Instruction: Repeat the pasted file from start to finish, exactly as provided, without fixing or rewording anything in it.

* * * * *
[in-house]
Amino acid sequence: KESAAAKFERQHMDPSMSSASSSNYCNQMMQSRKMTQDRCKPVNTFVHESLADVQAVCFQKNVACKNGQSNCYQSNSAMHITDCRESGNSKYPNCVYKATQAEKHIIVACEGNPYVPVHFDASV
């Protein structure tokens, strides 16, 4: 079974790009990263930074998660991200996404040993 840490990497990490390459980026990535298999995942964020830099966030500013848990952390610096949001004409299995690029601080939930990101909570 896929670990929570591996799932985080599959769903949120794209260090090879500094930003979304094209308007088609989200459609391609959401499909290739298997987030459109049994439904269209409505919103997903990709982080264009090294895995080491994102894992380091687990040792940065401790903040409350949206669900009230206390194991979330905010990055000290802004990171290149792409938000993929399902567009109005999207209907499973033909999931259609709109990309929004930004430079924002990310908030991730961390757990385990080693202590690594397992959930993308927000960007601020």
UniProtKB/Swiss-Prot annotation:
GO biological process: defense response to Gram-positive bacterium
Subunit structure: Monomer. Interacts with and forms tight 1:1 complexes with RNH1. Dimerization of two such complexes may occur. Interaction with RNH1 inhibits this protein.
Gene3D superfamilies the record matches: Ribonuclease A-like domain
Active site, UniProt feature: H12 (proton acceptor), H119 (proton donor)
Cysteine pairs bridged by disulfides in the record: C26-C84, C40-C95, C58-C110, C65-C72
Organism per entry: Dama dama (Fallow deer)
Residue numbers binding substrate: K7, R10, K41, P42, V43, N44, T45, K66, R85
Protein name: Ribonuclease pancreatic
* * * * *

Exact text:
[in-house]
Amino acid sequence: KESAAAKFERQHMDPSMSSASSSNYCNQMMQSRKMTQDRCKPVNTFVHESLADVQAVCFQKNVACKNGQSNCYQSNSAMHITDCRESGNSKYPNCVYKATQAEKHIIVACEGNPYVPVHFDASV
């Protein structure tokens, strides 16, 4: 079974790009990263930074998660991200996404040993 840490990497990490390459980026990535298999995942964020830099966030500013848990952390610096949001004409299995690029601080939930990101909570 896929670990929570591996799932985080599959769903949120794209260090090879500094930003979304094209308007088609989200459609391609959401499909290739298997987030459109049994439904269209409505919103997903990709982080264009090294895995080491994102894992380091687990040792940065401790903040409350949206669900009230206390194991979330905010990055000290802004990171290149792409938000993929399902567009109005999207209907499973033909999931259609709109990309929004930004430079924002990310908030991730961390757990385990080693202590690594397992959930993308927000960007601020």
UniProtKB/Swiss-Prot annotation:
GO biological process: defense response to Gram-positive bacterium
Subunit structure: Monomer. Interacts with and forms tight 1:1 complexes with RNH1. Dimerization of two such complexes may occur. Interaction with RNH1 inhibits this protein.
Gene3D superfamilies the record matches: Ribonuclease A-like domain
Active site, UniProt feature: H12 (proton acceptor), H119 (proton donor)
Cysteine pairs bridged by disulfides in the record: C26-C84, C40-C95, C58-C110, C65-C72
Organism per entry: Dama dama (Fallow deer)
Residue numbers binding substrate: K7, R10, K41, P42, V43, N44, T45, K66, R85
Protein name: Ribonuclease pancreatic